[    8.036252] pcieport 0005:00:00.0: Signaling PME through PCIe PME interrupt
[    8.036260] pcie_pme 0005:00:00.0:pcie001: service driver pcie_pme loaded
[    8.036418] aer 0005:00:00.0:pcie002: service driver aer loaded

and here is the output for my device -

$ dmesg | grep 0005:00
[    8.539247] tegra-pcie-dw 141a0000.pcie: PCI host bridge to bus 0005:00
[    8.540642] pci_bus 0005:00: root bus resource [bus 00-ff]
[    8.542074] pci_bus 0005:00: root bus resource [io  0x300000-0x3fffff] (bus address [0x3a100000-0x3a1fffff])
[    8.543549] pci_bus 0005:00: root bus resource [mem 0x3a200000-0x3bffffff]
[    8.544928] pci_bus 0005:00: root bus resource [mem 0x1c00000000-0x1fffffffff pref]
[    8.546414] pci 0005:00:00.0: [10de:1ad0] type 01 class 0x060400
[    8.546600] pci 0005:00:00.0: PME# supported from D0 D3hot D3cold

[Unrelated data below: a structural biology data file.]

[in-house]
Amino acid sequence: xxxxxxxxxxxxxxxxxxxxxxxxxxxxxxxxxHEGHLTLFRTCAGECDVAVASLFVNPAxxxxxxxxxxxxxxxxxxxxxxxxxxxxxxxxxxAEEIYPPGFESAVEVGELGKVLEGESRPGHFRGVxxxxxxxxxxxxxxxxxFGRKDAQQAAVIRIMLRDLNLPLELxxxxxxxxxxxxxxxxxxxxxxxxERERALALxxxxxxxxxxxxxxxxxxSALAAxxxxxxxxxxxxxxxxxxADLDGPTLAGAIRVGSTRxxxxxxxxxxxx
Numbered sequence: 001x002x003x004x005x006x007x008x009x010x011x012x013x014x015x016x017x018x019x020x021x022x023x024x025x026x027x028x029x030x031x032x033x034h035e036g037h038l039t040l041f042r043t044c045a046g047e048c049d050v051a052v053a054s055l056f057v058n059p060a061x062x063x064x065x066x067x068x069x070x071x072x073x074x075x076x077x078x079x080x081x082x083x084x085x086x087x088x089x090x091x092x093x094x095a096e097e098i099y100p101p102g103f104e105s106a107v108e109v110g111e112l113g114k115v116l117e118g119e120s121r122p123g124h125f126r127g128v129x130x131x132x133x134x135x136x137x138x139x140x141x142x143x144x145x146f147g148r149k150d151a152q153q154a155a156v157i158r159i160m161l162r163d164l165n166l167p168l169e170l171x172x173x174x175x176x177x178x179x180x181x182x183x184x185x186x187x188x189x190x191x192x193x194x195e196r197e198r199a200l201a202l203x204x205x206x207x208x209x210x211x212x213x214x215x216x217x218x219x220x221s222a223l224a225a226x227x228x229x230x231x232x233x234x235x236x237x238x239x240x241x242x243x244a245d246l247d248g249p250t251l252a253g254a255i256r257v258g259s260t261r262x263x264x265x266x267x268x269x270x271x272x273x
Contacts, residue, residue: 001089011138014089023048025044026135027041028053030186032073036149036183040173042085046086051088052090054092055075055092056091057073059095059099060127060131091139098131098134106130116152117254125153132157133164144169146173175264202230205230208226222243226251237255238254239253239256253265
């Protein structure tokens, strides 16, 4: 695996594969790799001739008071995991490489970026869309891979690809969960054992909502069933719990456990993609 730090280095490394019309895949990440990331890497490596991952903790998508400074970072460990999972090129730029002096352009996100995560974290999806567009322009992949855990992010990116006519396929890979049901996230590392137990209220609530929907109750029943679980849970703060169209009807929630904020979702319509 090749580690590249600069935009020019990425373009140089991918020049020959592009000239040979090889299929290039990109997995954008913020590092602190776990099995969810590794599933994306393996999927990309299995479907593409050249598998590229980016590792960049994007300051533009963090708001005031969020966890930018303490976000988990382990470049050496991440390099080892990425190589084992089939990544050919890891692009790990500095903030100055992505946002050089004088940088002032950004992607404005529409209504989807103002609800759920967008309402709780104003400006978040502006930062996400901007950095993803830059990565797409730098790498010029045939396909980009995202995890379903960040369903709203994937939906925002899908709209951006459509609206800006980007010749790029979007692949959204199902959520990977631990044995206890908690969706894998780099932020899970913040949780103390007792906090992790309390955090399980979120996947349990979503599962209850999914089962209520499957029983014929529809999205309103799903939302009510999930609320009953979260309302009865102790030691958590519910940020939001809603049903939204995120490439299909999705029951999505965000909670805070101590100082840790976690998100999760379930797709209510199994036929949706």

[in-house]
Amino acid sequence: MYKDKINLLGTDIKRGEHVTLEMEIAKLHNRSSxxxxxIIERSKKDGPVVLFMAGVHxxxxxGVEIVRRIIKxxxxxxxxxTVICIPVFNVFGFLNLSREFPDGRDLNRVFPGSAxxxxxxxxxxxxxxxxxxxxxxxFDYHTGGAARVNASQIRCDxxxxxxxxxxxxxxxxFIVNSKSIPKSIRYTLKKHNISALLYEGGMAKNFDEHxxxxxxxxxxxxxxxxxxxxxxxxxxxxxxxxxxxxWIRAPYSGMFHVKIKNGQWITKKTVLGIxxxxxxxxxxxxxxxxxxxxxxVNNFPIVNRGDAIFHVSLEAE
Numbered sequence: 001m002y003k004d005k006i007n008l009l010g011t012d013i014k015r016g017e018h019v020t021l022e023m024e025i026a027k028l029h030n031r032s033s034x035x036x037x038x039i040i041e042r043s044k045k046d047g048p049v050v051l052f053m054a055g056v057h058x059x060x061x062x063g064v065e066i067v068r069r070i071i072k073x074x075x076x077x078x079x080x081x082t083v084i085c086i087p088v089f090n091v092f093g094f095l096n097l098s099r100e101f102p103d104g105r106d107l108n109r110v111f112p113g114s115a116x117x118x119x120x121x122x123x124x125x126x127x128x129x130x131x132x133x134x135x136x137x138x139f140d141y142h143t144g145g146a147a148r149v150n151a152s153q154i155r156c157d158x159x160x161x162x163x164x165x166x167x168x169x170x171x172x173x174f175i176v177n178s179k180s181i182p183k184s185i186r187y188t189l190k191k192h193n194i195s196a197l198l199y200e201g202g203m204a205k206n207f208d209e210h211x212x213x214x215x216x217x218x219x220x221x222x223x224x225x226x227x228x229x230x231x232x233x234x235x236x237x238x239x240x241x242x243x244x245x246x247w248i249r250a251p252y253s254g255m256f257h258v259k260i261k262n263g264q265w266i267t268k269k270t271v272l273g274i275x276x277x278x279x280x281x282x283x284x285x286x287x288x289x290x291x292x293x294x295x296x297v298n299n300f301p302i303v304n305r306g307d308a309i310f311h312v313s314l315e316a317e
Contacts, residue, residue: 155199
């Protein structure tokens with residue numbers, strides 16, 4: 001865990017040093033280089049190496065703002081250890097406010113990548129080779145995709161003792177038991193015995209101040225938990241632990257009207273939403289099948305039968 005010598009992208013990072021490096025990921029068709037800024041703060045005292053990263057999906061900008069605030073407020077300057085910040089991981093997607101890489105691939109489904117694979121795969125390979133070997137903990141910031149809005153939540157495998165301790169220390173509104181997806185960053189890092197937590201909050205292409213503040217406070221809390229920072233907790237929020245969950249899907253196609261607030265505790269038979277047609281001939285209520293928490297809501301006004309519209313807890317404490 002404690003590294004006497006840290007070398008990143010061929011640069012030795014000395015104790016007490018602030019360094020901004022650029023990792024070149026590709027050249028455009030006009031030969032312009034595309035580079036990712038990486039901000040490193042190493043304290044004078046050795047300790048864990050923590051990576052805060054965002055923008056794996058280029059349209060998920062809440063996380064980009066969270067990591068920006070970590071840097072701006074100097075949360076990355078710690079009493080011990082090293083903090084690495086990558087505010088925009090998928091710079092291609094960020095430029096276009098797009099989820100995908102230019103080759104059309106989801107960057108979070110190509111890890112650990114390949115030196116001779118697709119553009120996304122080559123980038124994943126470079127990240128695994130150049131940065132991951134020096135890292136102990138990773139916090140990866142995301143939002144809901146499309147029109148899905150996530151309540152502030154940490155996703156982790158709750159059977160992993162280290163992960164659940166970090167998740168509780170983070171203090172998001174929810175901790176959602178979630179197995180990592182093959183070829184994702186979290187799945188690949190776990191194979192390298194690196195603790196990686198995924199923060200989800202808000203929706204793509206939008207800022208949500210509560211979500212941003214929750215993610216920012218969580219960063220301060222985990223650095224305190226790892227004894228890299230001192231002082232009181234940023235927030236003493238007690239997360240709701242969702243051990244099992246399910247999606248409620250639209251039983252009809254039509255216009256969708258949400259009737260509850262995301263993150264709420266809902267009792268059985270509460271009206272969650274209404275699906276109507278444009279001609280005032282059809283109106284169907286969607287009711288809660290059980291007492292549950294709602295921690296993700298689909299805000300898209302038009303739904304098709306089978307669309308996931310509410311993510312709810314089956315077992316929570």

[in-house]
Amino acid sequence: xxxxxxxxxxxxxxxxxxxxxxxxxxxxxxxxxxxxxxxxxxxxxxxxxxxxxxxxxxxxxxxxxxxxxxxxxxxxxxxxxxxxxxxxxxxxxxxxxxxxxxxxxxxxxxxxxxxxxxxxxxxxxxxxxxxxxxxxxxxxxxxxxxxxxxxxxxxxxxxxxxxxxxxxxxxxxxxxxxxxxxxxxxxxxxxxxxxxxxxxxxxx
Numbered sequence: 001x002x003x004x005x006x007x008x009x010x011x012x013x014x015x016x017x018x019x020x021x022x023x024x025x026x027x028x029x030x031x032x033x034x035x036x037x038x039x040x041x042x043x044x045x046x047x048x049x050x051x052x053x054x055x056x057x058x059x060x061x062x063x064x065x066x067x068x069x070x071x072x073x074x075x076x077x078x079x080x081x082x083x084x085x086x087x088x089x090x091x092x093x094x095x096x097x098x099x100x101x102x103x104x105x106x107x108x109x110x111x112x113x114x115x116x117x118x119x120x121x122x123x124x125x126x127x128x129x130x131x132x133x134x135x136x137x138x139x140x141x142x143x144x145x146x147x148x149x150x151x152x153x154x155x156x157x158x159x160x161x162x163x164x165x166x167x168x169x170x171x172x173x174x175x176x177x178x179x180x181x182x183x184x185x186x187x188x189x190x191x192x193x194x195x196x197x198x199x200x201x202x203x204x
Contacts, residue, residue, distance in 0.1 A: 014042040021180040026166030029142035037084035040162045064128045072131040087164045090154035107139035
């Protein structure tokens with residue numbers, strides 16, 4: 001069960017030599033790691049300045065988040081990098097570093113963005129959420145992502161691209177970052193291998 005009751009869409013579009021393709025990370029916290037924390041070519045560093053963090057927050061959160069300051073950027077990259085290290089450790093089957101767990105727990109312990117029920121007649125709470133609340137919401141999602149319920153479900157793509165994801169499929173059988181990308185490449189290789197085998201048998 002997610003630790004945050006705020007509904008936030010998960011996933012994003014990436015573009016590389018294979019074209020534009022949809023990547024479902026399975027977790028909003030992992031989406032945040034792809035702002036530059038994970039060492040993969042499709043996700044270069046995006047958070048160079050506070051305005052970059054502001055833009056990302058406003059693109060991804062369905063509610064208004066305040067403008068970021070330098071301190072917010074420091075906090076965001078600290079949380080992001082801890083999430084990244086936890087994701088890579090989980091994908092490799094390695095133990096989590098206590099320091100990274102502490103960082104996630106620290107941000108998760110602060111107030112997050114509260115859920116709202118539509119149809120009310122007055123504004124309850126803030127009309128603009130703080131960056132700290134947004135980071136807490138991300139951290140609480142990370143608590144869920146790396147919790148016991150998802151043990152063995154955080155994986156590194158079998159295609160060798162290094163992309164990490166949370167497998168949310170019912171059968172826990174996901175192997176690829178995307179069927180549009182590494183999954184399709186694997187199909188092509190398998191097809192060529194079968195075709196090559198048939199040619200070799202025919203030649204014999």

[    8.546812] iommu: Adding device 0005:00:00.0 to group 63
[    8.548389] pci 0005:00:00.0: PCI bridge to [bus 01-ff]
[    8.549792] pci 0005:00:00.0: Max Payload Size set to  256/ 256 (was  256), Max Read Rq  512
[    8.551485] pcieport 0005:00:00.0: Signaling PME through PCIe PME interrupt
[    8.552896] pcie_pme 0005:00:00.0:pcie001: service driver pcie_pme loaded
[    8.553006] aer 0005:00:00.0:pcie002: service driver aer loaded
[    8.553178] pcie_pme 0005:00:00.0:pcie001: unloading service driver pcie_pme
[    8.553225] aer 0005:00:00.0:pcie002: unloading service driver aer
[    8.553386] iommu: Removing device 0005:00:00.0 from group 63
[    8.554841] pci_bus 0005:00: busn_res: [bus 00-ff] is released

dmesg.log (8.43 KB)
lspci.log (6.6 KB)